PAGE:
Those of you that stayed with 14" wheels... the following link goes to an auction for Mustang 14" wheels.
                              http://cgi.ebay.com/ebaymotors/1965-...Q5fAccessories

                              Would these do the job in the following areas:

                              a) work with standard 14" tires for TBirds

                              b) accept TBird hubcaps

                              c) attach to and clear whatever disk brake kit you are using (please specify) ??

                              Any other relevant comments appreciated.

                              Both Ray and I wish to do this at some point and probably represent one extreme in that we wish to keep our current 14" tires and Ford hubcaps (I realize going to 15" or bigger wheels makes things simpler)

                              thanks!

                              For any of you relatively new to the Squarebirds site, there was considerable discussion along these lines last year which may be found at

                              http://www.squarebirds.org/vbulletin...light=spindles

                              John
                              1958 Hardtop
                              #8452 TBird Registry
                              http://www.tbirdregistry.com/viewdat...tryNumber=8452


                              photo: http://www.squarebirds.org/users/joh...d_June2009.jpg
                              history:
                              http://www.squarebirds.org/users/johng/OCC.htm

                              Comment


                              • #30
                                John,
                                I'm only going to give information that I am sure of. I had many people telling me this and that would work when I was doing my conversion and I wasted a LOT of money following bad advice.

                                If you get any information on a conversion I would ask for pictures and find out if the advisor had actually completed a Thunderbird conversion (which should include a professional alignment). I have already learned a few bits of informaton from Dave here on the Squarebirds forum that would have helped me with the Tbird conversion but Dave had converted other Ford products so those conversions may be of help too.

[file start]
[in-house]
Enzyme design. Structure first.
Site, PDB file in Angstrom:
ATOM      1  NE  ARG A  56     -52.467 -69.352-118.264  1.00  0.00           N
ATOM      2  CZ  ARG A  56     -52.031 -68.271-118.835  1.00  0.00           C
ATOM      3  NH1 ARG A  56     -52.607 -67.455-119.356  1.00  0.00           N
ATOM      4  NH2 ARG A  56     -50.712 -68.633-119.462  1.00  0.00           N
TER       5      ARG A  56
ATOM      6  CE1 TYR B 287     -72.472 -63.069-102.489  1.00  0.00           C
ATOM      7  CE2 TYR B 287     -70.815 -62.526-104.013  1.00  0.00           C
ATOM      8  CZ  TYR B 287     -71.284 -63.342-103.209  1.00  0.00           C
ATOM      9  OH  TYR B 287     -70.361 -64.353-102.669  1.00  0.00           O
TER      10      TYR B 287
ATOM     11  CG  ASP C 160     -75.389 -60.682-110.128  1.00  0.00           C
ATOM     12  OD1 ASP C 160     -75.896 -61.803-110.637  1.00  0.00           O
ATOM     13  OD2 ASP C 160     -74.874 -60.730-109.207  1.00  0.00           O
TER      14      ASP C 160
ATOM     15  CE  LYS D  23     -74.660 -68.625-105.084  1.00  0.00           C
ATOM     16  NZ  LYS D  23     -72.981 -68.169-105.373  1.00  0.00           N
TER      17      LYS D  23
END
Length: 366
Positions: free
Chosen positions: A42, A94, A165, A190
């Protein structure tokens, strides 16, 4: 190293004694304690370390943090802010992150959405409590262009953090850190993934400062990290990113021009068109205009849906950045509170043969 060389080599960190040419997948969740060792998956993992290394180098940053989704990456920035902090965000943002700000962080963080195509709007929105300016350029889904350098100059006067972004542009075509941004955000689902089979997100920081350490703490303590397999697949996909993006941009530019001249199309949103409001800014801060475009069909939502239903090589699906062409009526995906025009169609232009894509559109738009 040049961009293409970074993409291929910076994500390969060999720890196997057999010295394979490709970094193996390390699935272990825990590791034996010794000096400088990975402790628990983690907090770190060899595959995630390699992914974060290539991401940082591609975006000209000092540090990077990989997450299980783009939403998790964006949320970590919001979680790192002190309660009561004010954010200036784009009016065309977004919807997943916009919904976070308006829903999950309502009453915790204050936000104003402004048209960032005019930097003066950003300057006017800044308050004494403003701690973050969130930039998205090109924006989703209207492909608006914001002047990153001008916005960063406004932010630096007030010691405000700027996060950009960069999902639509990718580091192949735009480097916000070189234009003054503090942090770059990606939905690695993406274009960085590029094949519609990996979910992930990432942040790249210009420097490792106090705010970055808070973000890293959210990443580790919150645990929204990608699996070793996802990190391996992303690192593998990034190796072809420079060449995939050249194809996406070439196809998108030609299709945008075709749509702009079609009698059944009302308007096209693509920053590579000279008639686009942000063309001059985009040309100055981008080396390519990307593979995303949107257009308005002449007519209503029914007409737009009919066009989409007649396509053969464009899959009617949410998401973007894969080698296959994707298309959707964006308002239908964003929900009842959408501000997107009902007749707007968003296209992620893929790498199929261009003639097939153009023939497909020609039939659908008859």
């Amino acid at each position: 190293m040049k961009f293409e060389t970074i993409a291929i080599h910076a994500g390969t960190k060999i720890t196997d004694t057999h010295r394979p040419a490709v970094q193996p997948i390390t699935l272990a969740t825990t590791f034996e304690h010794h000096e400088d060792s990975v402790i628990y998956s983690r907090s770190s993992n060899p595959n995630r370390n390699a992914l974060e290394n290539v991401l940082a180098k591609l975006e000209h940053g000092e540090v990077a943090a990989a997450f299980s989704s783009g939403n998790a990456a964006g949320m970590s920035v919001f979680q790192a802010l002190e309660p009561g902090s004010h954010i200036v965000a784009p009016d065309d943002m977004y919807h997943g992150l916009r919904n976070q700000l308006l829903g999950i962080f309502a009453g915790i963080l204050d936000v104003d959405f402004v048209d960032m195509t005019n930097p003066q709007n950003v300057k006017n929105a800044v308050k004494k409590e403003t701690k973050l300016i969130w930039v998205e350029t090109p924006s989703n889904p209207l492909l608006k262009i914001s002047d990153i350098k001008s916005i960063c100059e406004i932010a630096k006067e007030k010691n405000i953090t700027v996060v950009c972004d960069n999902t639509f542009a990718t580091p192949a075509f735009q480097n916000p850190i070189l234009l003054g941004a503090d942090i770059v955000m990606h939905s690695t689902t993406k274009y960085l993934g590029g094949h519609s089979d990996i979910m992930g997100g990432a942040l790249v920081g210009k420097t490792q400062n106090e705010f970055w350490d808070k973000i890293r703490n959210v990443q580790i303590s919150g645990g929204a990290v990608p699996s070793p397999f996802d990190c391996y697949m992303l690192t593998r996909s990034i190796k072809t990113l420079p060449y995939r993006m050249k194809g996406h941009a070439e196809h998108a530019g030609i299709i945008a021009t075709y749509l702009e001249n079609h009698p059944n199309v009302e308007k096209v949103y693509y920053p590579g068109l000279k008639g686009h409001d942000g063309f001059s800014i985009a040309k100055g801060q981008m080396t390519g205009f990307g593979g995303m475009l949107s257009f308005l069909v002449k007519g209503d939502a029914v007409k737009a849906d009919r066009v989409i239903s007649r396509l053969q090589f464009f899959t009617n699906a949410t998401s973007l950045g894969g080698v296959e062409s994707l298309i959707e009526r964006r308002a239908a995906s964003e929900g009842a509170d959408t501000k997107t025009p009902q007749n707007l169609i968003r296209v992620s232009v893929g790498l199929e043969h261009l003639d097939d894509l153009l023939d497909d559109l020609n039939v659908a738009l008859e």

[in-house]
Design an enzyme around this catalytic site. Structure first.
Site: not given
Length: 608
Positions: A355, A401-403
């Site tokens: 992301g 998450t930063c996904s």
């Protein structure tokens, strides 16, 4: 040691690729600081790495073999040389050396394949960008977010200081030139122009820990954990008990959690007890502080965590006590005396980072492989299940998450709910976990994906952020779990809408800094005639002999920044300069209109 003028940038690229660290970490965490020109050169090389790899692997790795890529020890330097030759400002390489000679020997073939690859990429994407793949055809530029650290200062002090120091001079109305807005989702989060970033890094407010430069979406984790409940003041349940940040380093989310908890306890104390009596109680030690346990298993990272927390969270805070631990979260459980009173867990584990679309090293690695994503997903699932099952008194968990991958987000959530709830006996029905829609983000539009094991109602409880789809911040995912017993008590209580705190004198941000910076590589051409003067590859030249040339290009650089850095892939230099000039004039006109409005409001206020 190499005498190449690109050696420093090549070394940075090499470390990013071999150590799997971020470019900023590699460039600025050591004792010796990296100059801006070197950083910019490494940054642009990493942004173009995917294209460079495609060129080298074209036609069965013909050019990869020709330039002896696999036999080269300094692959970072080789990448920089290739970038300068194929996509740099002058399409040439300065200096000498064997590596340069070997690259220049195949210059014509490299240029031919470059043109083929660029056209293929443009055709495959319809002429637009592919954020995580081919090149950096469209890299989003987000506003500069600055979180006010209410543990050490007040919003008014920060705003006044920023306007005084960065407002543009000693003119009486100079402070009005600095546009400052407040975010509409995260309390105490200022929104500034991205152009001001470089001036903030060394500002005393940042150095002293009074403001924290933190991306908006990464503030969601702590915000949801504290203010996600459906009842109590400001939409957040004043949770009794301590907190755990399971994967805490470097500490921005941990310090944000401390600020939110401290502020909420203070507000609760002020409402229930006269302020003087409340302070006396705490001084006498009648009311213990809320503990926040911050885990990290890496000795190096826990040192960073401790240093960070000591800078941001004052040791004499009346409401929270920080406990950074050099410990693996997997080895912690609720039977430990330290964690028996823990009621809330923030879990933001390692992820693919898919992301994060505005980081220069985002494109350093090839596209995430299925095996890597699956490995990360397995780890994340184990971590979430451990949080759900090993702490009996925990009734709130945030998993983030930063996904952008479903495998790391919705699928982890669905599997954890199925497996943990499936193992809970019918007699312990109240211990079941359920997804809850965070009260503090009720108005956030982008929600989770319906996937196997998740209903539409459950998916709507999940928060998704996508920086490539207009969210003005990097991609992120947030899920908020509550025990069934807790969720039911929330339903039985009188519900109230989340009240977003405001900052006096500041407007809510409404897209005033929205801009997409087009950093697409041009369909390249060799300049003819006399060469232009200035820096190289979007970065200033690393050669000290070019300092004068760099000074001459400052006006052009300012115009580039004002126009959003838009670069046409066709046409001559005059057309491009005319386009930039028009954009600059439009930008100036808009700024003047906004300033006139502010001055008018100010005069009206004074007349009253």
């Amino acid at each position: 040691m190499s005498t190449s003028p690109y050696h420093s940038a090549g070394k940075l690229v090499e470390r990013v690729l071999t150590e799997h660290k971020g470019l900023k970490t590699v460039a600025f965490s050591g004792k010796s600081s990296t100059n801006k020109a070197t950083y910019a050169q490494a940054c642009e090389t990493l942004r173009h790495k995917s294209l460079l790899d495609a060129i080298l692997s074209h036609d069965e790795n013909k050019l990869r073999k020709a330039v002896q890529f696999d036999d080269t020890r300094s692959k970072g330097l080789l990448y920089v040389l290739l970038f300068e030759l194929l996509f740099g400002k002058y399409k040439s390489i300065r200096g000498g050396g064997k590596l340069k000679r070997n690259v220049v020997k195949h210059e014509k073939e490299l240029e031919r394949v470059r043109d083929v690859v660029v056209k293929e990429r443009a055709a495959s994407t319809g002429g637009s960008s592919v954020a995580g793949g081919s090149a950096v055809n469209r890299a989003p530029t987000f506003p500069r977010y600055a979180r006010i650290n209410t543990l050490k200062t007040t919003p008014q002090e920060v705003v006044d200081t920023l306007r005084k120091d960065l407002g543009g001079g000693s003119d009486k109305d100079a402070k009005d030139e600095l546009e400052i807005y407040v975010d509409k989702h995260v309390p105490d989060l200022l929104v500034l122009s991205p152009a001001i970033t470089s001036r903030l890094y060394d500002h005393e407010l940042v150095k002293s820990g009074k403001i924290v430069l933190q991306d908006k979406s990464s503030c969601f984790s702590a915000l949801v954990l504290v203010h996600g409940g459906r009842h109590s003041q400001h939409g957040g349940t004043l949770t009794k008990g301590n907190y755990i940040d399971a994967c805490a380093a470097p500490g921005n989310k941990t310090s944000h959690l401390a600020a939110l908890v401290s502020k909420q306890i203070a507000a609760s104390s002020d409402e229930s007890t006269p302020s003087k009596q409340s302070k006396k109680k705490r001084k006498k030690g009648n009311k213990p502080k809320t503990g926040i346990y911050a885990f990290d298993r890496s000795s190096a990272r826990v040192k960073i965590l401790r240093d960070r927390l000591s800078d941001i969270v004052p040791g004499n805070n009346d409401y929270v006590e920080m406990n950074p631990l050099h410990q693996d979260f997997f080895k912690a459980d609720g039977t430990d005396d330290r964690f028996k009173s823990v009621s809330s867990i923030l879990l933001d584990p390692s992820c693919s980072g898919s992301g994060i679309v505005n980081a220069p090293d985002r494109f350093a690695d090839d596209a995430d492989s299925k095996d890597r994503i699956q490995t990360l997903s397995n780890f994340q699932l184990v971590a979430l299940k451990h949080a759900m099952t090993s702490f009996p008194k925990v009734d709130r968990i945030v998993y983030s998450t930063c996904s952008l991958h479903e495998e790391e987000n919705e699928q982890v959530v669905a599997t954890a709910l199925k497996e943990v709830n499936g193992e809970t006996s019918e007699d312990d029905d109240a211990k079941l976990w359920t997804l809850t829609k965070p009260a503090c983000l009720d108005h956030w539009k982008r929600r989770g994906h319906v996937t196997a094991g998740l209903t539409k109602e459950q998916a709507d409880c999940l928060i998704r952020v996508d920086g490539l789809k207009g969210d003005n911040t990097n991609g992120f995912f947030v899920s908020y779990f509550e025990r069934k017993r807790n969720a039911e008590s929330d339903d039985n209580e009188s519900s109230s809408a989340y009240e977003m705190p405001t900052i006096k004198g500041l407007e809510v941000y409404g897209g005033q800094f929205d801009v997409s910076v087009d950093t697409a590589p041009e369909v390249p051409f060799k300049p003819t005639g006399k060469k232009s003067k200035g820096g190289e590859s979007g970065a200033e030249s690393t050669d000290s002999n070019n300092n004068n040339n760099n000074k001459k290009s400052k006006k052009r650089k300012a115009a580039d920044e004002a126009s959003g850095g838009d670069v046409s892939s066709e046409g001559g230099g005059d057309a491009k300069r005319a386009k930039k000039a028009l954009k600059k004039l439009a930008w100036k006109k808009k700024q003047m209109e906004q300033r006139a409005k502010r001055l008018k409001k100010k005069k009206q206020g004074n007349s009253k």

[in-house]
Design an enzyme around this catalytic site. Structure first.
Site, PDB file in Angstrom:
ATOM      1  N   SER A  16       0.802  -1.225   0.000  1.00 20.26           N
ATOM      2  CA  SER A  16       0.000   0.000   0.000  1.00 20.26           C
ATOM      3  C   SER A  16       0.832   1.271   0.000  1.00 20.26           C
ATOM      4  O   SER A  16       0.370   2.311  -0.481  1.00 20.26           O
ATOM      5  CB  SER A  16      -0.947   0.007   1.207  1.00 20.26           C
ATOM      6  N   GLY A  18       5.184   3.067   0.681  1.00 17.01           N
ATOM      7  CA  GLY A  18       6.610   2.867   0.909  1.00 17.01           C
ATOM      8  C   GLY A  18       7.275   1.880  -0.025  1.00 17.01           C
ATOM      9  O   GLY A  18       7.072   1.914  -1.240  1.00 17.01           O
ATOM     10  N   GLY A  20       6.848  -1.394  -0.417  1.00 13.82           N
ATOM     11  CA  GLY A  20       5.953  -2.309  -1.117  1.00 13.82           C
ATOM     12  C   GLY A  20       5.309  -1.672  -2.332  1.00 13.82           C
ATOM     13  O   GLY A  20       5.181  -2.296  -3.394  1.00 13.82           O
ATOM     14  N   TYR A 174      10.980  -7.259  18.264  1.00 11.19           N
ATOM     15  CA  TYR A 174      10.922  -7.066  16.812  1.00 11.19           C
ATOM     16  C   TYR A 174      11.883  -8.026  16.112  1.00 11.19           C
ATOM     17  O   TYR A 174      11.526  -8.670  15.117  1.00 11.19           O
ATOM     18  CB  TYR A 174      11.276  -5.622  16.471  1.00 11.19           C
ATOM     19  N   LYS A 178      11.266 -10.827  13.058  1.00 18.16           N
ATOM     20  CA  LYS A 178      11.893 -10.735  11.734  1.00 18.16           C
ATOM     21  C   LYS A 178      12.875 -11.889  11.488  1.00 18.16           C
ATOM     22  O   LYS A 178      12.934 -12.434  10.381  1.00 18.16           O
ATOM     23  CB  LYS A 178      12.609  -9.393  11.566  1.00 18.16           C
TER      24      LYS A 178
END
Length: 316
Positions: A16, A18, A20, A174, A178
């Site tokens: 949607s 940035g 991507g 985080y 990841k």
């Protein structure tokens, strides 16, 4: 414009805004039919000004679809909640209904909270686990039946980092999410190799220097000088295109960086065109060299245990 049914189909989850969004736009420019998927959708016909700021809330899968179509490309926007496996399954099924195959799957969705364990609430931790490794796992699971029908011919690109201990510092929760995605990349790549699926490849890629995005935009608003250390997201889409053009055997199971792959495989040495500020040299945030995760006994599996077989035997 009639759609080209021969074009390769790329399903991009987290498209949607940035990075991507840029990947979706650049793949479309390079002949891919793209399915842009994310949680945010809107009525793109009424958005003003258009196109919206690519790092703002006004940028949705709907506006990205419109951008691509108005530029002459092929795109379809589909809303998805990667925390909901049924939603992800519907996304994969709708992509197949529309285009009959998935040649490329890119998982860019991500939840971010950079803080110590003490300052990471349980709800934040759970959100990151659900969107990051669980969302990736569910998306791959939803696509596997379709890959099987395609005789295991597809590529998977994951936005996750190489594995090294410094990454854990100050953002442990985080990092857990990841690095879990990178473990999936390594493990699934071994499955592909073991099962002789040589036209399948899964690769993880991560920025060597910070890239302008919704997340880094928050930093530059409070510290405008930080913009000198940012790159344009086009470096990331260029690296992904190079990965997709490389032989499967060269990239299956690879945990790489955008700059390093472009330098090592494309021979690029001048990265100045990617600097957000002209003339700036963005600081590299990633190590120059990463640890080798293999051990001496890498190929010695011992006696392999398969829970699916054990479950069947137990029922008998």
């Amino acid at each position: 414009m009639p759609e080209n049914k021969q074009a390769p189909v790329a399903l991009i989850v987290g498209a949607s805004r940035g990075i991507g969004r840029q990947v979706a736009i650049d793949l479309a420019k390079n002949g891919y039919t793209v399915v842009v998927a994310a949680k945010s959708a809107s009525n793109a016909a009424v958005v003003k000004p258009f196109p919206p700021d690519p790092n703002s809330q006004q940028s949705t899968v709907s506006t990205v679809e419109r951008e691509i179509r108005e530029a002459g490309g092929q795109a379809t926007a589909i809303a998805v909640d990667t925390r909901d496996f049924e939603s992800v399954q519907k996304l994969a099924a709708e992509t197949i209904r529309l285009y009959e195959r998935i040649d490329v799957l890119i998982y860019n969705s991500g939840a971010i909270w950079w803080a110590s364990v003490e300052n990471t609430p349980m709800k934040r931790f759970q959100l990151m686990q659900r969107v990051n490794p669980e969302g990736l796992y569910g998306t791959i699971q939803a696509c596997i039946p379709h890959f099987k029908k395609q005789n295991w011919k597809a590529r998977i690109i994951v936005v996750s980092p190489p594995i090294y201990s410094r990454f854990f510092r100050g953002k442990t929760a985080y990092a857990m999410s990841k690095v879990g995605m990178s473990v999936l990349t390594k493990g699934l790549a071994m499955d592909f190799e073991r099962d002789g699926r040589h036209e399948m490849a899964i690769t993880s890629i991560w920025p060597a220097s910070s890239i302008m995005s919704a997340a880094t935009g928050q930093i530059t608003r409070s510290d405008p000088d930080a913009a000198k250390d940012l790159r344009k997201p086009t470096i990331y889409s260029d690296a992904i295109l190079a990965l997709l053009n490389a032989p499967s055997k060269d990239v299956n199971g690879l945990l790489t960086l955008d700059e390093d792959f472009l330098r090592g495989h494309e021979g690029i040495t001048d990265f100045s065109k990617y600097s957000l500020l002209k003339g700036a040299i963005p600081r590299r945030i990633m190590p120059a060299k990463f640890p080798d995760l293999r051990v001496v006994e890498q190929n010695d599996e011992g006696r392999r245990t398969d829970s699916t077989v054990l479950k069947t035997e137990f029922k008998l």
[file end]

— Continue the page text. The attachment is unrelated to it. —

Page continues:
My conversion was done to keep the car as stock looking as possible and so that the car could be returned to stock if I ever wanted. Here is what I know for a 352 non a/c car with the under hood booster:

                                --- 77 Thunderbird spindles did not work on my car.

                                --- The Galaxie conversion bracket from Master Power Brakes will work but new holes in the firewall will have to be drilled and the booster has to be changed from the standard Galaxie to the small 7" dual action. The pedal rod will need to be fabricated - it was still a work in progress on my car until scrapped the Galaxie bracket and found this information:

                                --- The stock booster conversion from Booster Dewy @ Power Brake Booster Exchange works perfectly - all your pedal brackets, pedal height, mounts, etc remain stock and mine came with the master cyl pushrod for the new master cyl (503) 238-8882 Oregon.

                                --- The master cyl for a 75-77 Lincoln Mark V fits the modified booster and is a disc drum master cyl.

                                --- A combination valve from Master Power Brakes works with the master cyl. Part #: VL3360K.

                                --- The Granada spindles fit the stock Tbird ball joints and tie rods however the bottom hole on the spindle needs to be machined to a larger size (Fat Man Fabrication Charlotte NC did mine (704) 545-0369). The Granada spindles slightly lower the front of the Tbird but you would not know just by looking - I don't have a stock car to compare so I can't give you the exact number that it is lowered.

                                --- There is a scraping problem with the Granada spindles. The backing plate rubs the rotor in a hard turn because it is pressed aginst the A-arm and pushed into the rotor. Havent had any problems other than the scraping noise and it may be something that could be eliminated by grinding off the edges of the A-arm. I have not had time to explore that option.

                                --- The stock Granada flex line when installed is not long enough to make a full turn without almost pulling loose from the caliper. I used a set of lines that accept a banjo bolt but the Granada caliper had to be ground around the hose mounting hole to make the lines fit. The banjo bolt was a special order. I've lost the info on the lines over the last 5 years but they came from Master Power Brakes in Mooresville NC. The banjo bolts came from some speed shop in Calif. - don't have that info either.

                                --- The original brake light switch was used in the original distribution block on the frame extending the wiring down to the switch and blocking off the unused ports on the block. New seperate lines were installed to each front wheel from the new proportioning valve.

                                --- 14" Ford wheels with the numbers 43M below the script ,a 22 on another lobe of the center and a 3 next to the valve stem work. I used the same Diamond Back Tires that I had on my original wheels. The stock hubcaps from my original wheels work perfectly on these wheels.

                                --- The alignment took about three times for the shop the get the original feel back but it drives very easily with no problems.

                                Eric

                                pic of my car after the conversion
                                http://media3.dropshots.com/photos/2...828/075306.jpg
                                Last edited by DKheld; September 2nd, 2009, 07:38 PM. Reason: added pic